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Map of Maewo
|Area||269 km2 (104 sq mi)|
|Highest elevation||795 m (2,608 ft)|
Maewo (local pronunciation: [ŋʷaewo] ; formerly Aurora Island) is an island in Vanuatu in Penama province, 105 km to the east of Espiritu Santo.
It is 47 km long, and 6 km wide, with an area of 269 km². Its highest point is 795 m above sea level. In 2009 the island had a population of almost 3,600. Maewo is covered with dense vegetation: tropical forests in which banyan trees grow.
First recorded sighting of Maewo Island by Europeans was by the Spanish expedition of Pedro Fernández de Quirós at the end of April 1606.They charted it as Aurora (The light of dawn in Spanish).
Maewo is the island with the highest rainfall in Vanuatu. The island is covered in green, lush vegetation. The heavy rainfall provides abundant fresh water and waterfalls. There are also hot springs in the centre of Maewo. The largest of these waterfalls is a series of cascades located near Maewo-Naone Airport on the north end of the island near the village of Naone. This series of cascades is commonly referred to as Big Wota. [ citation needed ]
The climate on Maevo is humid tropical. The average annual rainfall is about 3,500 mm of rain. There are two seasons in the year: the rainy season, which lasts from November to April, and the dry season, which lasts from May to October. The island is subject to frequent cyclones and earthquakes.
The Republic of Colombia is situated largely in the northwest of South America, with some territories falling within the boundaries of Central America. It is bordered to the northwest by Panama; to the east by Venezuela and Brazil; to the south by Ecuador and Peru; and it shares maritime limits with Costa Rica, Nicaragua, Honduras, Jamaica, the Dominican Republic, and Haiti.
Dominica is an island in the Caribbean Sea, located about halfway between the French islands of Guadeloupe and Martinique. Its coordinates are 15 25 N, 61 20 W. It is known as "The Nature Island of the Caribbean" due to its spectacular, lush, and varied flora and fauna, which is protected by an extensive natural park system. It is the fourth largest island in the Eastern Caribbean with a population of people mainly of African descent.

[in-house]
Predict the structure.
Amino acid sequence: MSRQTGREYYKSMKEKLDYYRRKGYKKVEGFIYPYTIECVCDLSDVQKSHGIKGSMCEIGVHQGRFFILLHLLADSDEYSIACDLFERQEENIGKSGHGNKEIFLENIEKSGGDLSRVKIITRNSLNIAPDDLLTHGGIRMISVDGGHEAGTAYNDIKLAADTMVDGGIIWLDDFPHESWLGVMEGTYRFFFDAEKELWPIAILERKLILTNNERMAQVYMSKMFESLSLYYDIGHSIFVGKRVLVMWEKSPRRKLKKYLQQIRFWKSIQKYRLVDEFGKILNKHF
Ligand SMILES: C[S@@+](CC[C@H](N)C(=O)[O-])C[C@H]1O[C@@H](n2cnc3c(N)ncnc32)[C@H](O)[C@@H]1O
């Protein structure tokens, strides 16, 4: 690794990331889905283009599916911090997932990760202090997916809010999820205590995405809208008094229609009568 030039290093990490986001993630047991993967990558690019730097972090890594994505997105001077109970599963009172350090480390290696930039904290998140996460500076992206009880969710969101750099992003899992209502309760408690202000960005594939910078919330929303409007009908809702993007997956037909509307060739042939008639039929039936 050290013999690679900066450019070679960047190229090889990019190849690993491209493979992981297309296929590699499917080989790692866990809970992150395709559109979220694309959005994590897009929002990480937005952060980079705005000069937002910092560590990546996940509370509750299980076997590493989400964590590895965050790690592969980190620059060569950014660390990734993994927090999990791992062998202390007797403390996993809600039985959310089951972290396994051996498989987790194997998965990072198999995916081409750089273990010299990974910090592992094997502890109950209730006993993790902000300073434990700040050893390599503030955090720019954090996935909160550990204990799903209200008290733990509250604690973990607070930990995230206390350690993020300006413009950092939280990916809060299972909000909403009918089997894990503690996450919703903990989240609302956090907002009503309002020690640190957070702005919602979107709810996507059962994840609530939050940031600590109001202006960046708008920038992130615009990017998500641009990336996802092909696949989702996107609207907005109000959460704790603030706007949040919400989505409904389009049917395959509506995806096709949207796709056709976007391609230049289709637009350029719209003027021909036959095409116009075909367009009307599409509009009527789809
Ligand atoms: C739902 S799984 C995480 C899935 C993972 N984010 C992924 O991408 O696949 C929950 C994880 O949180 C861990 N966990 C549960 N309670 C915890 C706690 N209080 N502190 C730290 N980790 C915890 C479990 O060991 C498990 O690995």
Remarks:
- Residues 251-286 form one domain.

Ecuador is a country in western South America, bordering the Pacific Ocean at the Equator, for which the country is named. Ecuador encompasses a wide range of natural formations and climates, from the desert-like southern coast to the snowcapped peaks of the Andes mountain range to the plains of the Amazon Basin. Cotopaxi in Ecuador is one of the world's highest active volcanos. It also has a large series of rivers that follow the southern border and spill into the northwest area of Peru.
Sri Lanka, formerly called "Ceylon", is an island nation in the Indian Ocean, southeast of the Indian subcontinent, in a strategic location near major Indian Ocean sea lanes. The nation has a total area of 65,610 km², with 64,740 km² of land and 870 km² of water. Its coastline is 1,340 km (830 mi) long. The main island of Sri Lanka has an area of 65,268 km²; it is the twenty-fifth largest island of the world by area. Dozens of offshore islands account for the remaining 342 km² area. The largest offshore island, Mannar Island, leads to Adam's Bridge.
Somalia is a country located in the Horn of Africa which officially consists of six federal member states, namely Galmudug, Hirshabelle, Jubaland, Koofur Orsi, Puntland, Somaliland and the municipality of Benadir.. It is bordered by Ethiopia to the west, Djibouti to the northwest, the Gulf of Aden to the north, the Somali Sea and Guardafui Channel to the east, and Kenya to the southwest. With a land area of 637,657 square kilometers, Somalia's terrain consists mainly of plateaus, plains and highlands. Its coastline is more than 3,333 kilometers in length, the longest of mainland Africa. It has been described as being roughly shaped "like a tilted number seven".